travel

Why I Decided To Leave Everything Behind For The Open Road

This is a post by adventure cyclist and dear friend Kieron Ramsay. Last year he quit his job, got on a bicycle and left the country, setting off on a journey through Europe that would see him through 3 chains, 5 tyres and 50+ punctures. 6000km later, he returned to England with a massive experience …-and a great tale. I asked him to write about this chapter in his life in the hopes that he could pass something on and inspire us to challenge ourselves and our choices in life. This is his story – starting with how he came to decide to embark on such an adventure in the first place. Enter Kieron…

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Riding high… in my dreams

The Passing Of Life And Time

I came to find myself yearning for some kind of travel adventure, like a fair segment of people in their early to mid-20s. I find it hard to believe that many folk would want to lead a life that is aimed towards going through the motions of working your life away to scrape by, and that was the common factor with myself. At the time I had been working 60-80 hours a week for the last 5 years, and as a chef, typically underpaid.

So how did this come to be? Rewind 7 years: 19 years old, fresh faced and I’d just graduated from culinary college. Full of purpose and drive, I wanted to be the best and felt certain that I was well on my way to becoming it. I followed the steps in the right order; I’d got the qualifications that I needed to get my foot in the door, got a job at one of the best restaurants in town, and then I worked hard. Really fucking hard.

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Another day in the kitchen

However, somewhere along the way, as I’m sure is perfectly normal, I felt those aspirations beginning to dim as it became clear how much of my life I would have to give up in order to achieve my youthful ambitions. I remember one busy day in the kitchen when the head chef was in a particularly rotten mood. He was screaming at someone who was 1 hour late despite working 17 hours the previous day – on an hourly wage of about £3.75 an hour. The general point of his hot tempered verbal mauling was “If you don’t want to be here then fuck off, someone else will take your job”. Those words resonated in my head for a while and I felt increasingly like an unappreciated cog in an relentless machine. At some point I knew that I was going to quit and leave in pursuit of my adventure. One might think that I’d given up on my dreams, but I thought: is it really worth chasing the dreams of yesteryear in a pursuit of self fulfilment? I didn’t think so, because my dreams had changed. I wasn’t sure how things would go after quitting my job but fortunately, from my privileged position in the present day and with the benefit of hindsight, I can honestly say that I DON’T REGRET IT FOR A FUCKING SECOND.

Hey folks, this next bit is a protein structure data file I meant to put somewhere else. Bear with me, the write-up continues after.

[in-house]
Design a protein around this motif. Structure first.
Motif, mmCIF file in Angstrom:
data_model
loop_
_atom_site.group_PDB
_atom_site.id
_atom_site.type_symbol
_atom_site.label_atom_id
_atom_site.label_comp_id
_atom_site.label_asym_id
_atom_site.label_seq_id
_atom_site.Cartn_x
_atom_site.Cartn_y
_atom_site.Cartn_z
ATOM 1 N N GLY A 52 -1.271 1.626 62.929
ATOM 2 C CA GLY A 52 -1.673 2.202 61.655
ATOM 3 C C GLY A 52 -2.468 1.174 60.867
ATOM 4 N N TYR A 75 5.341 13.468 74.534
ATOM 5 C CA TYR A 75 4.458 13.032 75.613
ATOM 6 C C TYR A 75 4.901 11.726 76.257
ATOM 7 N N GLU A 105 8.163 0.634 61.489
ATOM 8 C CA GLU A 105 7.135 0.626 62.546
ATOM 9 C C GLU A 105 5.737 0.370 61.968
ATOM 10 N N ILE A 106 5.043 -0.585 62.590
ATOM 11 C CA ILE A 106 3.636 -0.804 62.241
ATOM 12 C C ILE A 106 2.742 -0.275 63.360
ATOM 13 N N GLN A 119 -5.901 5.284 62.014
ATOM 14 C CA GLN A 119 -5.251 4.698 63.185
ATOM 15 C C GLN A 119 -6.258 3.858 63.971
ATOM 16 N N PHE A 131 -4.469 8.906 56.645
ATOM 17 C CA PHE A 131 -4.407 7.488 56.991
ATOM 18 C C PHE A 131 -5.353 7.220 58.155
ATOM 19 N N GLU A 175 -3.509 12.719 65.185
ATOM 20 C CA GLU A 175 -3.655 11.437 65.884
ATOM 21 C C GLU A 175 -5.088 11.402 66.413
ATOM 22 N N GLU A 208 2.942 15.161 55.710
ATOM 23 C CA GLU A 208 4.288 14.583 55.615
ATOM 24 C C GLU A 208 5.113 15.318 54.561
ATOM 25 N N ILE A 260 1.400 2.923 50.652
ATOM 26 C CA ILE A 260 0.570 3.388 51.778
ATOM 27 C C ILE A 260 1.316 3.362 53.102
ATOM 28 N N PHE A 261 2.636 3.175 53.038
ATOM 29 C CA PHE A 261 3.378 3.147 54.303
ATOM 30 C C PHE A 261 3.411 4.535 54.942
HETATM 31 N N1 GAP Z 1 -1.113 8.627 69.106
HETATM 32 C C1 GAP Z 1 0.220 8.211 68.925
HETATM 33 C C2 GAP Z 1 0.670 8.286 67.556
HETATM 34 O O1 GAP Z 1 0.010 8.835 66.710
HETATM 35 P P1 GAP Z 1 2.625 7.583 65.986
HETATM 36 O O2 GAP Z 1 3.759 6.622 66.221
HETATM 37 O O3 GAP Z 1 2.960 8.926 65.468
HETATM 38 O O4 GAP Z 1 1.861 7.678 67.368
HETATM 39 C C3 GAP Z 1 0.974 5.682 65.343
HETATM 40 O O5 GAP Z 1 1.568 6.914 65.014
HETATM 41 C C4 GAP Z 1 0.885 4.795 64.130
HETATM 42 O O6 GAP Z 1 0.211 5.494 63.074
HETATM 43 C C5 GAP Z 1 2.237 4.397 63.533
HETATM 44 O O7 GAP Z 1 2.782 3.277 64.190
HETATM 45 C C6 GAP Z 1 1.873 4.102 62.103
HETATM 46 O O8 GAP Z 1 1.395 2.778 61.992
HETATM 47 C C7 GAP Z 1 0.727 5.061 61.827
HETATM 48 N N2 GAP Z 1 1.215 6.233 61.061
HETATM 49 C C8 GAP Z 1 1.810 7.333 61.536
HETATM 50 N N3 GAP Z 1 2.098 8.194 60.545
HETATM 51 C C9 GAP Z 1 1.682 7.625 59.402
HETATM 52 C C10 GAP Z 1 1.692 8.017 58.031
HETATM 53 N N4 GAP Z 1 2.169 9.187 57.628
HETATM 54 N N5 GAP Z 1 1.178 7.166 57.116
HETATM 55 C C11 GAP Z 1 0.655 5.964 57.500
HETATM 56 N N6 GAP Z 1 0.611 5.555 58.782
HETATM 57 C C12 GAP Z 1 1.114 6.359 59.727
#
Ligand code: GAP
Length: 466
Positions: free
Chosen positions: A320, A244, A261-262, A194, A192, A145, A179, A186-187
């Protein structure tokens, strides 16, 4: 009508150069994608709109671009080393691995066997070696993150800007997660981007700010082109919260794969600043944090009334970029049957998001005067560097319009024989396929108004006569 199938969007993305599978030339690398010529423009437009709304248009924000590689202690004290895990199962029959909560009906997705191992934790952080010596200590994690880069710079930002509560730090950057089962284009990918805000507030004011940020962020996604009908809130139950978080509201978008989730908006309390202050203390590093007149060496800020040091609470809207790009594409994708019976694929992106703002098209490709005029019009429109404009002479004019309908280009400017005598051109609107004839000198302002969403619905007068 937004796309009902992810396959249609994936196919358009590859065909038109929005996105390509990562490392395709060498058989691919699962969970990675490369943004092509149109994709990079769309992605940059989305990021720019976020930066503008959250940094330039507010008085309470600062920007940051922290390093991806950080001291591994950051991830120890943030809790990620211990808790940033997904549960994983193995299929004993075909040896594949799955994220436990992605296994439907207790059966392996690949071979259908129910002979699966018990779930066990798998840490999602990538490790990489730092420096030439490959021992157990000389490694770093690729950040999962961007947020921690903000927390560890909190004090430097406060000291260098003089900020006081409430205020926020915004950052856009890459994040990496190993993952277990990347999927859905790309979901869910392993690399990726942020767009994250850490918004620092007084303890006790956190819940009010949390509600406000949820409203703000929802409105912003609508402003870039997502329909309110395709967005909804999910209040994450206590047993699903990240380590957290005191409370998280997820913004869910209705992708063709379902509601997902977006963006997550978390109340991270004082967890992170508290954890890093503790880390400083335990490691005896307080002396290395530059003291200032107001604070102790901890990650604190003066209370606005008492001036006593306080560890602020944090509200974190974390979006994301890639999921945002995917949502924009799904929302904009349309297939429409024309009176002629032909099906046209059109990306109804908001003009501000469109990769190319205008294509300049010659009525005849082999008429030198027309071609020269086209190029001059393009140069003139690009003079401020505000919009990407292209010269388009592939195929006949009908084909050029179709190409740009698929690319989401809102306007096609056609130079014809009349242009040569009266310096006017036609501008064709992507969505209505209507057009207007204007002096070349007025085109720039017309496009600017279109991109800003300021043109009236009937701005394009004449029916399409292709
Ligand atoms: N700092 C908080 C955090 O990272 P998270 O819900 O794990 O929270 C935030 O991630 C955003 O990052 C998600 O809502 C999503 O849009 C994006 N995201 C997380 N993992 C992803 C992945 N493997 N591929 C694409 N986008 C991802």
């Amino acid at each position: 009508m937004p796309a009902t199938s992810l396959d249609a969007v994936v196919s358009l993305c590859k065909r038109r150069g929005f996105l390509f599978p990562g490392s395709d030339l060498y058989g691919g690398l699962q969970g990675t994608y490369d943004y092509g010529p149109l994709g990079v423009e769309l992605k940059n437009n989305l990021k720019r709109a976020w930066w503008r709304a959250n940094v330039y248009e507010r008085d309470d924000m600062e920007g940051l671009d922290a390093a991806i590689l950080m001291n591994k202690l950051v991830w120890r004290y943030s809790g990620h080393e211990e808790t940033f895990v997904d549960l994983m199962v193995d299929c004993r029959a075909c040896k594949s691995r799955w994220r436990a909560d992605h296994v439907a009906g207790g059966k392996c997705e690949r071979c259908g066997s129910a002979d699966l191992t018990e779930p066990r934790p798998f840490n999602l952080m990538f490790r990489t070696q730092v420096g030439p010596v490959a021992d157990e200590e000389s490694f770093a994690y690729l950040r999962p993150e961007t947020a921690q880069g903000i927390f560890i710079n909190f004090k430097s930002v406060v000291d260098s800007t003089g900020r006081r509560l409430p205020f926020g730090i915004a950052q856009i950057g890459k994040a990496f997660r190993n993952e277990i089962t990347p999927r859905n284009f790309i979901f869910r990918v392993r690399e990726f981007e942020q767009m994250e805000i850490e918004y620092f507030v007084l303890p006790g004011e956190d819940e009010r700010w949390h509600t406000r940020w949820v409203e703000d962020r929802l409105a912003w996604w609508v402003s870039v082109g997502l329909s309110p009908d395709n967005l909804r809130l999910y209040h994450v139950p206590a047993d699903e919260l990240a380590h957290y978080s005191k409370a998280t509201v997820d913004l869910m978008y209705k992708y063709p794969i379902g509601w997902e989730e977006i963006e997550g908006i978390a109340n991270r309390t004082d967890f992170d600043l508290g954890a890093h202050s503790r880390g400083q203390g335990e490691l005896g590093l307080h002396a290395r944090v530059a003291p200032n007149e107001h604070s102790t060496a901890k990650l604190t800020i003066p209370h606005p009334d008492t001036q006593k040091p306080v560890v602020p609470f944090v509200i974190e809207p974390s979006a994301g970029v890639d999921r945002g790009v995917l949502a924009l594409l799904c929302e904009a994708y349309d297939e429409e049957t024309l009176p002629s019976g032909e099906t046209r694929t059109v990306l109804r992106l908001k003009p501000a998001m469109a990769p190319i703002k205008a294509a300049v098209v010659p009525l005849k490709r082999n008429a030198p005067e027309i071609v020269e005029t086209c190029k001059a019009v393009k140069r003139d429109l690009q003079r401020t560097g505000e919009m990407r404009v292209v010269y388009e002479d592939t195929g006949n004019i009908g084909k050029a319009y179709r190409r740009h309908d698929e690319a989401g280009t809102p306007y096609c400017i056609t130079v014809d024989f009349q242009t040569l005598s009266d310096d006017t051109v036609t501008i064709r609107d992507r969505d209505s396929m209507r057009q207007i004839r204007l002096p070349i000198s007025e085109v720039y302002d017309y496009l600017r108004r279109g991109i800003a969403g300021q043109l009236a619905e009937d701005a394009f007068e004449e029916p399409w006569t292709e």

I believe you need to check in with yourself frequently. Regularly ask yourself why you do the things you do. What are your goals? What do you want from your life? What makes you happy? That’s just what I did aged 25. I took a look inwardly and concluded that I was feeling somewhat unsatisfied with the outcome of this 5 year work stint and what it had done to enrich the tapestry of my life (though of course I would make the same choices all over again and I’m going to roll out a cliche and say that I wouldn’t be the person I am today without them). I wanted to do something for myself and by myself. I wanted to travel. I didn’t know when, where or how, but from that point I knew that my big life decisions and choices had to be aimed at making this become a reality. That’s when I started to plan…

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